Cycle Touring Northern Scotland
Jack Richards, November 13, 2011
Having detailed some of the steps I took in preparing and carrying out my touring trip for Route Planning, Equipment and Nutrition, the final blog in this series on cycle touring shares some experiences from a summer 2011 trip.
In June this year I went on a five-day mini cycletour of Northern Scotland. The aim of this trip, outside of being a good adventure and opportunity to see some different parts of Scotland, was to learn the ropes before embarking on a longer trip the following July. I wanted to assess how my kit performed and identify any weaknesses, to see if I go insane in my own company and to see what sort of distance I could cover. With a reasonable base bike fitness, I was not too concerned about the riding but the other aspects of the cycle touring which were largely new to me.
It was a cracking Thursday morning when I woke on the departure day. Hot sun and barely a cloud in the sky – a massive contrast to the week of nearly constant wind and rain I had experienced on Arran the week before. I packed up my panniers, checked my kit list once more, got ready to depart, switching off my phone and removing the battery to be sealed in a plastic bag. I didn’t feel the need to communicate with anyone by phone for the five days ahead, and quite frankly I wanted to get away from Crackberry messenger and Facebook. I took the phone for use in emergencies, and told my parents to be worried if I wasn’t back by midnight the following Monday. It was go time.
A gentle start saw me crossing from my parent’s house on Feughside, 20 miles west of Aberdeen, on to Deeside. Here I followed the river on the South Deeside Road and arrived at Ballater from where my route would take on a hillier profile. After a pit stop at Cycle Highlands to buy a lock and spoke key, two items I had yet to obtain for my trip, I continued on to Gairnshiel Lodge and on to Donside.
At this point I headed up over the Lecht, a tough climb with loaded panniers. The challenging ascent is over 20% in places, and demands a 34-25 gear ratio. Having cleaned the summit I headed on, stopping in Tomintoul for lunch before pushing north to Nairn. I had reccied the Granton on Spey to Nairn road in February in the snow so it seemed a real treat as I bashed on in the hot sun. I stocked up with provisions for the night and breakfast in Nairn then continued on the horrible A96 to Delnies Wood were I paid my £5 for the privilege of pitching my tent, but more importantly gaining me access to an awesome hot shower.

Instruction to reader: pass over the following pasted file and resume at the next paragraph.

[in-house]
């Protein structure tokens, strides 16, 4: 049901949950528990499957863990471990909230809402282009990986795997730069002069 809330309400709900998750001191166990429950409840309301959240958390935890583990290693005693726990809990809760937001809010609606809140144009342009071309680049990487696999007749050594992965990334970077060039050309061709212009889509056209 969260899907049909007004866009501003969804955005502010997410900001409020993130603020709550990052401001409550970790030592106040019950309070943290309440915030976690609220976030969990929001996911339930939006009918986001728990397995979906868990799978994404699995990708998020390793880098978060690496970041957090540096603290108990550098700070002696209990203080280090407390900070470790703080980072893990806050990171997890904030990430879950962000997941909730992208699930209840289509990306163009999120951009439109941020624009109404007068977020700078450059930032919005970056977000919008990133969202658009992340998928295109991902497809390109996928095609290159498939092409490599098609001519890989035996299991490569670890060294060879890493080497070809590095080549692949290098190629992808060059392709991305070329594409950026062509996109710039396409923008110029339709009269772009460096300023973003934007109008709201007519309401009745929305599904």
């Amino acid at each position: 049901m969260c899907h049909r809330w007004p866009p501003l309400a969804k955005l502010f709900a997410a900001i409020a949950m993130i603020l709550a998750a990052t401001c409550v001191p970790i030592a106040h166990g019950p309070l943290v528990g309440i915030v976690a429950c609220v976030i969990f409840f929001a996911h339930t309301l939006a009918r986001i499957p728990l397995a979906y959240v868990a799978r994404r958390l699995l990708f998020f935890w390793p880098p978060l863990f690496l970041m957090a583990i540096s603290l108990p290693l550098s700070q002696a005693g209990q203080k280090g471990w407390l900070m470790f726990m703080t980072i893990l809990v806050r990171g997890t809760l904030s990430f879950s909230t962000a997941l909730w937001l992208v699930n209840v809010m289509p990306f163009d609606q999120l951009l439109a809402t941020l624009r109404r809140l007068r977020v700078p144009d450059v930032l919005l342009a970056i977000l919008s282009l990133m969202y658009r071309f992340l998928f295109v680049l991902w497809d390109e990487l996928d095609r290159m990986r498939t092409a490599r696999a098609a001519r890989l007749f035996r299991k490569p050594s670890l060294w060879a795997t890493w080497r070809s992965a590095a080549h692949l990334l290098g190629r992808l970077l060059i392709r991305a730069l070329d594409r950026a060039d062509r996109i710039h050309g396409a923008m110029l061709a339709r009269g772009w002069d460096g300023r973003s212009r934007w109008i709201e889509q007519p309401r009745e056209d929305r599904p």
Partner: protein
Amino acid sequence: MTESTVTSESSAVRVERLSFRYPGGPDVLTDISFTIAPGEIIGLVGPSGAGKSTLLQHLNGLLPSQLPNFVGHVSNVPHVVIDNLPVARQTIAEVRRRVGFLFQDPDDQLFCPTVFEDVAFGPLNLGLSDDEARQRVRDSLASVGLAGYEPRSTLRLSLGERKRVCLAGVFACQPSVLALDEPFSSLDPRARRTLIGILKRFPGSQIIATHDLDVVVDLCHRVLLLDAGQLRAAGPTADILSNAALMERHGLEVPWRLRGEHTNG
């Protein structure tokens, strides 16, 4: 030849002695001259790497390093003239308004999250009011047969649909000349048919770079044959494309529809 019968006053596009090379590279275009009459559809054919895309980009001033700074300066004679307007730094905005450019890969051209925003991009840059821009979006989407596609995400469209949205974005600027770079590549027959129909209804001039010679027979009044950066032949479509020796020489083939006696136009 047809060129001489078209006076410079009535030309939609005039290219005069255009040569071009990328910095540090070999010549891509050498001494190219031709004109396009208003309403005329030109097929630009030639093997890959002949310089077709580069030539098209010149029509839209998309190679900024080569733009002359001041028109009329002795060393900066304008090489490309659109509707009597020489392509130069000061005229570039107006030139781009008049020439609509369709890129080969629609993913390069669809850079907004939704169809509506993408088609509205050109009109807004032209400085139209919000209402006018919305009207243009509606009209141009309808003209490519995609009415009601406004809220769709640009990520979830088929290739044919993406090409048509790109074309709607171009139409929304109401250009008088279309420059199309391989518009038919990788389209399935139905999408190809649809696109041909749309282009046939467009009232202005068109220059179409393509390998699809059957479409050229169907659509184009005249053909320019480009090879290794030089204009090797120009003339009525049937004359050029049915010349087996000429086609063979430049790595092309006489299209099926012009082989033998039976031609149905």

I pitched my Vango Helium Superlite 100 and cooked some scram. The first outing for my new stove and pans saw them successfully cooking pasta with tomato sauce, some bacon and even some steamed broccoli on the side. Cake and custard providing the perfect end to a perfect day. As I sat with the breeze keeping the midges away, and the last of the day’s sun filtering through the trees, I wondered if the weather would hold before my idyllic hopes found rest in a good night’s sleep.
The second day of my trip took me north via a coffee shop in Dingwall and over from Alness to Struie Hill by the excellent B9176, a fantastic hilly road that climbs up through the trees in an Alpine fashion before giving way to expansive heather moor. The sun continued to shine and a keen tail wind made for swift progress. After a long and fast decent, complete with a few scary cross-wind-pannier-laden-bike-wobbles, I rode in to Bonar Bridge and stopped for lunch.
From lunch I rode round the Dornach firth to Clashmore, joined the A9 (at this latitude the A9 is a quiet and pleasant road), and pushed north towards my target of Helmsdale. I bought some food in Bora to see me through until lunchtime the following day – a wise choice as by the time I reached Helmsdale the shops were shut. I turned off at Helmsdale and began looking for a suitable spot to camp. To my delight the banks of the Helmsdale did, as I had hoped, offer some cracking camping options.
After a few false promises I found a spot accessible by some fisherman’s steps down from the road to the river bank. I did a quick recce by foot and then returned to lug first my panniers, and then my bike down to the river. I stuck my tent up before stripping bare and jumping in the river. The water had been warmed by the sun and cleared the salt from my face – I couldn’t stop grinning. With the breeze still keeping the midges away, I let the sun and breeze to do the drying. Amazing.
The following day I had an early start because I wanted to make good time to Durness to give me a moment to explore on foot upon arrival, and to make use of the shop there before it shut. After a much more efficient packing up of camp I headed off, following the Helmsdale with a constant stream of happy fisherman waving morning greetings. The road was largely flat and took me into increasingly bleak terrain. Trees and vegetation, with the exception of heather, became sparse and soon I turned off at Kinbrace, leaving behind the train line and any trace of humankind.